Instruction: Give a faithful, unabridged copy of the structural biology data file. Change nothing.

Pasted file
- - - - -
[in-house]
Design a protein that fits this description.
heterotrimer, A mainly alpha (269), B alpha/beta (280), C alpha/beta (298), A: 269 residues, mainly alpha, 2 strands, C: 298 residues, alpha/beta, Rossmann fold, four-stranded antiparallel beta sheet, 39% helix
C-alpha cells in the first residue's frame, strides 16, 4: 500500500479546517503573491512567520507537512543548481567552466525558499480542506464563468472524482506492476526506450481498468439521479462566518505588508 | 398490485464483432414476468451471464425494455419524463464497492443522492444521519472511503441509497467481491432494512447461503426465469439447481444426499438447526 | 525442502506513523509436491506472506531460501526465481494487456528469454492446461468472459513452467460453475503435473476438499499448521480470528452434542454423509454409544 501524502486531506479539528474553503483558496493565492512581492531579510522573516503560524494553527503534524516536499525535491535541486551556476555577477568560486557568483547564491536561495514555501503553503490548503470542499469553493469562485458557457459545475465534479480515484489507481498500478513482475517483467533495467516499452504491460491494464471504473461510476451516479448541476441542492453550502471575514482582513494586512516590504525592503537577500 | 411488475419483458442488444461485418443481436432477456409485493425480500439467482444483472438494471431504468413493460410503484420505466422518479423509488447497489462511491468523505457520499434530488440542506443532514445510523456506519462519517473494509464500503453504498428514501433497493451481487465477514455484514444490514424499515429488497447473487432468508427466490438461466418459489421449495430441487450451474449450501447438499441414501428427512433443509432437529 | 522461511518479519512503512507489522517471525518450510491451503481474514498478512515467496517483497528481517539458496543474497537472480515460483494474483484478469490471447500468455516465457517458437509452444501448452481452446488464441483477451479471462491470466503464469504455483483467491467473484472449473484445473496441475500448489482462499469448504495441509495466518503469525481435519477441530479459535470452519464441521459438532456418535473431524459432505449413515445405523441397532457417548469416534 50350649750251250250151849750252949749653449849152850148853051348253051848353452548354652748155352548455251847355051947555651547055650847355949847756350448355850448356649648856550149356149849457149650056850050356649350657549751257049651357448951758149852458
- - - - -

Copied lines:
[in-house]
Design a protein that fits this description.
heterotrimer, A mainly alpha (269), B alpha/beta (280), C alpha/beta (298), A: 269 residues, mainly alpha, 2 strands, C: 298 residues, alpha/beta, Rossmann fold, four-stranded antiparallel beta sheet, 39% helix
C-alpha cells in the first residue's frame, strides 16, 4: 500500500479546517503573491512567520507537512543548481567552466525558499480542506464563468472524482506492476526506450481498468439521479462566518505588508 | 398490485464483432414476468451471464425494455419524463464497492443522492444521519472511503441509497467481491432494512447461503426465469439447481444426499438447526 | 525442502506513523509436491506472506531460501526465481494487456528469454492446461468472459513452467460453475503435473476438499499448521480470528452434542454423509454409544 501524502486531506479539528474553503483558496493565492512581492531579510522573516503560524494553527503534524516536499525535491535541486551556476555577477568560486557568483547564491536561495514555501503553503490548503470542499469553493469562485458557457459545475465534479480515484489507481498500478513482475517483467533495467516499452504491460491494464471504473461510476451516479448541476441542492453550502471575514482582513494586512516590504525592503537577500 | 411488475419483458442488444461485418443481436432477456409485493425480500439467482444483472438494471431504468413493460410503484420505466422518479423509488447497489462511491468523505457520499434530488440542506443532514445510523456506519462519517473494509464500503453504498428514501433497493451481487465477514455484514444490514424499515429488497447473487432468508427466490438461466418459489421449495430441487450451474449450501447438499441414501428427512433443509432437529 | 522461511518479519512503512507489522517471525518450510491451503481474514498478512515467496517483497528481517539458496543474497537472480515460483494474483484478469490471447500468455516465457517458437509452444501448452481452446488464441483477451479471462491470466503464469504455483483467491467473484472449473484445473496441475500448489482462499469448504495441509495466518503469525481435519477441530479459535470452519464441521459438532456418535473431524459432505449413515445405523441397532457417548469416534 50350649750251250250151849750252949749653449849152850148853051348253051848353452548354652748155352548455251847355051947555651547055650847355949847756350448355850448356649648856550149356149849457149650056850050356649350657549751257049651357448951758149852458